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Church of Panagia Kera

Church of Panagia Kera

The church of Panagia Kera is located southeast of the small town of Kritsa, a settlement with its own unique profile which played an important historical role. It dates from the Byzantine period, and grew considerably during the period of Venetian rule (1211-1647). One testimony to the vibrancy of Kritsa is the large number of frescoed churches in the area. By virtue of its size and rich fresco decoration, Panagia Kera is the most important of all these churches. The church’s interior was decorated with Byzantine frescos.

The church’s architecture was created by a succession of additions and interventions. The central aisle, which had the form of a domed single-naved church, comprised the original church and was probably built in the Byzantine period. Early in the period of Venetian rule the central nave was restored, the dome was rebuilt, and the side aisles were added. The presence of Venetian influences is shown by the shape of the side aisles’ windows and the dome. In the 16th century, the church acquired pediments on its eastern and western facades, recalling Renaissance prototypes. There are two layers of fresco decoration in the central nave. The first is fragmentarily preserved in the sanctuary niche and the lunettes of the arches supporting the dome.

These scenes are characterized by a linear rendering of their figures, and date to around the mid-13th century. During the first two decades of the 14th century, apparently in the wake of serious damage to the church, the second layer of frescoes was painted; these cover the remaining surfaces of the main nave and dome, with scenes from the Christological Cycle. This layer is characterized by the co-existence of elements from both Middle Byzantine and early Palaiologan art. It was the work of a local workshop that painted other churches in the region. The iconographic motifs are abundant and descriptive, painted in relatively large panels. The scenes of the Last Supper and Feast of Herod are interesting with their depictions of tables laid with food. The western wall is dominated by scenes of men and women in Hell, who form a part of the scene of the Second Coming. The figure of St. Francis on the western face of the northwest pier, rare in Cretan churches, shows the interesting absorption of a Catholic saint into Orthodox iconography. Τhe side naves were painted in the first half of the 14th century, following completion of the decoration of the central nave, and were executed according to different aesthetic principles. The south nave is devoted to St. Anne, who is depicted in the sanctuary niche. The scenes from her life are iconographically enriched by scenes from the Apocrypha and are rendered in a realistic and expressive fashion. The full-figure depictions of holy women (Eirini, Kyriaki, Varvara) that take up the lower zone of the mural decoration are impressive, as is that of St. Theodore Stratelates on the south wall. The movement and dynamism of his horse are reminiscent of ancient Greek aesthetic values. The north nave is devoted to St. Anthony and was painted with frescoes of the Second Coming. The same aesthetic principles were followed here, but the paintings were done by less capable artisans.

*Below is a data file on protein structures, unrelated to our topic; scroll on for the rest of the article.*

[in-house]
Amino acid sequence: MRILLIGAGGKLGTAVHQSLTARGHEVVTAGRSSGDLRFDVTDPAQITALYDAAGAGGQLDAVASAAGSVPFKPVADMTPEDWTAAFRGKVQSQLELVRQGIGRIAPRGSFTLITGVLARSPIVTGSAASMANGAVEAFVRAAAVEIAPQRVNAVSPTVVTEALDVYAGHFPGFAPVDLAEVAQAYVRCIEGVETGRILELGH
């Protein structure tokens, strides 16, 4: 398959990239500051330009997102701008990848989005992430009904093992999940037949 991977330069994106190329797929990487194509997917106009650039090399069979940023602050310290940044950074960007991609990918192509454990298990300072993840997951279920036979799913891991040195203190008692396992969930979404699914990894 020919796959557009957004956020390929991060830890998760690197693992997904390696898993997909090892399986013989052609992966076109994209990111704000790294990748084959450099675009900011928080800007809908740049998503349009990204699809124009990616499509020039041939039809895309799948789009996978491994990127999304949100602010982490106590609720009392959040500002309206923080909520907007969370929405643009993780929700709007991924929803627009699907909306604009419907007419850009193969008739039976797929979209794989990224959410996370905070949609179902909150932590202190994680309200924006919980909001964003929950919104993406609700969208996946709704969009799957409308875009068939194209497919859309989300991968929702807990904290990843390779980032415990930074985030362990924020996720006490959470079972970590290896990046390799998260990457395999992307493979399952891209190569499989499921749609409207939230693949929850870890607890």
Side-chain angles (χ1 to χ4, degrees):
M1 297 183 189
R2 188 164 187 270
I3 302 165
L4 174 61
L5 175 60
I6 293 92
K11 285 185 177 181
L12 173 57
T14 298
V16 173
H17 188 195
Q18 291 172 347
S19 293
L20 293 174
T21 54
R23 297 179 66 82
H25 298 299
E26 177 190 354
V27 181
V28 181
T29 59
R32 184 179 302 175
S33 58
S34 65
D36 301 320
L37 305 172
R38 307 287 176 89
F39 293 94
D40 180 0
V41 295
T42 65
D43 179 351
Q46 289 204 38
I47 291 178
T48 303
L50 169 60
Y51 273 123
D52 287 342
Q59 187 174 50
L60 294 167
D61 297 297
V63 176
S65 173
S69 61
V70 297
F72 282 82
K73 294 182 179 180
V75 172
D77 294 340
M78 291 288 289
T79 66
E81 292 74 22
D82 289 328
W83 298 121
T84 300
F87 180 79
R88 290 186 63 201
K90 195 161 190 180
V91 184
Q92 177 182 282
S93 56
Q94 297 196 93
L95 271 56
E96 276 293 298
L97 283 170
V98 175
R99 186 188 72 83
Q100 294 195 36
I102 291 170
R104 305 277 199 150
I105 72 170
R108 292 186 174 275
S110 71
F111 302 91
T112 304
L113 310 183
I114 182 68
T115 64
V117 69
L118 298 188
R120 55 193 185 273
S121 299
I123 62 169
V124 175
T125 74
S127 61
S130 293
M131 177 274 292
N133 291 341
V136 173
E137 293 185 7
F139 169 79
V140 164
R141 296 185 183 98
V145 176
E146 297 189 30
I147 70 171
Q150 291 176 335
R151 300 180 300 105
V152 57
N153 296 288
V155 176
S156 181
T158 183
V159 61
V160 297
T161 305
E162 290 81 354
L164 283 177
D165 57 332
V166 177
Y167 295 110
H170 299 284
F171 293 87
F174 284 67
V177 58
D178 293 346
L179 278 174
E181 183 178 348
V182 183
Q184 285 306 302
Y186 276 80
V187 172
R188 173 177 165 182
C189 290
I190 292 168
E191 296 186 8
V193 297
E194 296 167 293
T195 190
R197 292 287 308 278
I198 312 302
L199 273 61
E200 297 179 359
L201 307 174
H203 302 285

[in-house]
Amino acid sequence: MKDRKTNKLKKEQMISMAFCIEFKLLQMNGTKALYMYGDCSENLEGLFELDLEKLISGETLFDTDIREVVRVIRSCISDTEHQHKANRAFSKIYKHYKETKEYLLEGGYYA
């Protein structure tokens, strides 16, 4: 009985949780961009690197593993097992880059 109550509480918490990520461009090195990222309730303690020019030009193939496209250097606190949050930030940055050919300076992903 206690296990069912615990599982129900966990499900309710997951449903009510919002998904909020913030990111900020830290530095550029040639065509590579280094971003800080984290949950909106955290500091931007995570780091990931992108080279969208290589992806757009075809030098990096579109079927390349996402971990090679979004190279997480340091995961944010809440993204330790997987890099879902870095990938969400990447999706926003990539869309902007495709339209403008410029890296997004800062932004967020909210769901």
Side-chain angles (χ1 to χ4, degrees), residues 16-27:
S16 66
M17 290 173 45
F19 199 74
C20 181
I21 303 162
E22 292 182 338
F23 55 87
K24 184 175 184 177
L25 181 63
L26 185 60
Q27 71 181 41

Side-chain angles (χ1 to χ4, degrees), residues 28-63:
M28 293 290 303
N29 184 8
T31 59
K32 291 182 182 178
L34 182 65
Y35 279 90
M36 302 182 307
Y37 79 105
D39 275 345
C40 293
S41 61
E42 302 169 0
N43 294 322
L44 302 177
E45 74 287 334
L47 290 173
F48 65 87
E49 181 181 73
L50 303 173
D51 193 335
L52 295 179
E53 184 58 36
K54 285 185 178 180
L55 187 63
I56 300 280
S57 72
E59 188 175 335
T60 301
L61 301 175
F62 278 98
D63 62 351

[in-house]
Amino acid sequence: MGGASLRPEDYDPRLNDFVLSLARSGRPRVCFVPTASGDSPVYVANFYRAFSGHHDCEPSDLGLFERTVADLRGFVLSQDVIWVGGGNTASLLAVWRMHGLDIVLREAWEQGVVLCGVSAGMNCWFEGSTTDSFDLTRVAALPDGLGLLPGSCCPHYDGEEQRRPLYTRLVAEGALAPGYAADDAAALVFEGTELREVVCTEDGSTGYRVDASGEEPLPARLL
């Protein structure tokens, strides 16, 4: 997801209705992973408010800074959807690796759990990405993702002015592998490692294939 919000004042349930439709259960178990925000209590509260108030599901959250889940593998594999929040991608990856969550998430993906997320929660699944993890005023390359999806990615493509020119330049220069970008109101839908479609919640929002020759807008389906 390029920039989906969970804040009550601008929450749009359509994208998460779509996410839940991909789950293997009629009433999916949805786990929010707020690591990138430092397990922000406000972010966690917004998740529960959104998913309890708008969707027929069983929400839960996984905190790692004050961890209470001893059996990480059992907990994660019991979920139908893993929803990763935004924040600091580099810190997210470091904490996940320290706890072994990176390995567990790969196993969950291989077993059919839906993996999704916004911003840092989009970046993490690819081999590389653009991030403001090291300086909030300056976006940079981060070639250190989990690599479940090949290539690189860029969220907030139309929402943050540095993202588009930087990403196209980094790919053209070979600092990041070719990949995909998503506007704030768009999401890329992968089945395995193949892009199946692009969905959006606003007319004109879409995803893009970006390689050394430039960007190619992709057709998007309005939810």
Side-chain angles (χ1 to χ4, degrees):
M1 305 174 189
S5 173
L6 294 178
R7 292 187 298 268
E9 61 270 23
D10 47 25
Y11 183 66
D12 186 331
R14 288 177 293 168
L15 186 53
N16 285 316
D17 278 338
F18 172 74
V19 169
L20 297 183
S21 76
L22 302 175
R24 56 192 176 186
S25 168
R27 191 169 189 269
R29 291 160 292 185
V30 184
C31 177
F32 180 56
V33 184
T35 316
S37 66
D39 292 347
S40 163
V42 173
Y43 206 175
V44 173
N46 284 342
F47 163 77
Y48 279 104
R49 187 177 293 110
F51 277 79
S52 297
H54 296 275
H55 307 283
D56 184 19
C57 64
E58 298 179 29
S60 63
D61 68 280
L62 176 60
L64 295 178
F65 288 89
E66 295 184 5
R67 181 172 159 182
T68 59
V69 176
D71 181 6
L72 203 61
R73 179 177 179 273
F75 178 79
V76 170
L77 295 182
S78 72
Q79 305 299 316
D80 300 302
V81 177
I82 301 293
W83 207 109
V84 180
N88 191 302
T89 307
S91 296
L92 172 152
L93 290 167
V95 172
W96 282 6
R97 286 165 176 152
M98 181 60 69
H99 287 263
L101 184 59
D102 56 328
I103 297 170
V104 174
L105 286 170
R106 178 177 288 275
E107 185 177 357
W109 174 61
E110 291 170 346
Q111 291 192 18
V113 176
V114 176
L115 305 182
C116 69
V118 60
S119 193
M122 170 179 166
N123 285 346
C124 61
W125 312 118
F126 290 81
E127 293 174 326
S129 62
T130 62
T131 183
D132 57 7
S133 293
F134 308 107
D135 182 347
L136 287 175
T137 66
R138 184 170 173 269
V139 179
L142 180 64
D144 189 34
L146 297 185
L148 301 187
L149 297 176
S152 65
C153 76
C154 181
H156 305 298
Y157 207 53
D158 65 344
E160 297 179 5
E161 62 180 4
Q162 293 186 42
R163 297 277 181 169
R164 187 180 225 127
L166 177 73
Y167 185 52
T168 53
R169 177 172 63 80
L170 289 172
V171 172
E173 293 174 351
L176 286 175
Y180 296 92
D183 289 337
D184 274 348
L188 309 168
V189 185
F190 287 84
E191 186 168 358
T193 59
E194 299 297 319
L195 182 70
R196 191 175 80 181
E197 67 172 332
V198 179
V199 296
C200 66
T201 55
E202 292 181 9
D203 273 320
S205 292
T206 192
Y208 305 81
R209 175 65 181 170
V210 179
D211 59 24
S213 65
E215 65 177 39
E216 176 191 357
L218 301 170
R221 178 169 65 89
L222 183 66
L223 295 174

Dedicatory inscriptions and founders.

The dedicatory inscriptions preserved in the side naves inform us that the nave of St. Anne was rebuilt and painted with the aid of the entire village of “Kretzea” (Kritsa) and Antonios Lameras, also known as Sinouleto. The nave of St. Anthony was built with the contribution of Georgios Mazizanis and his wife. The scene with the portrait of the Mazizanis family is in the northwest corner of the nave of St. Anthony. Georgios Mazizanis is depicted with his wife and their daughter, whose face the passage of time has unfortunately erased.

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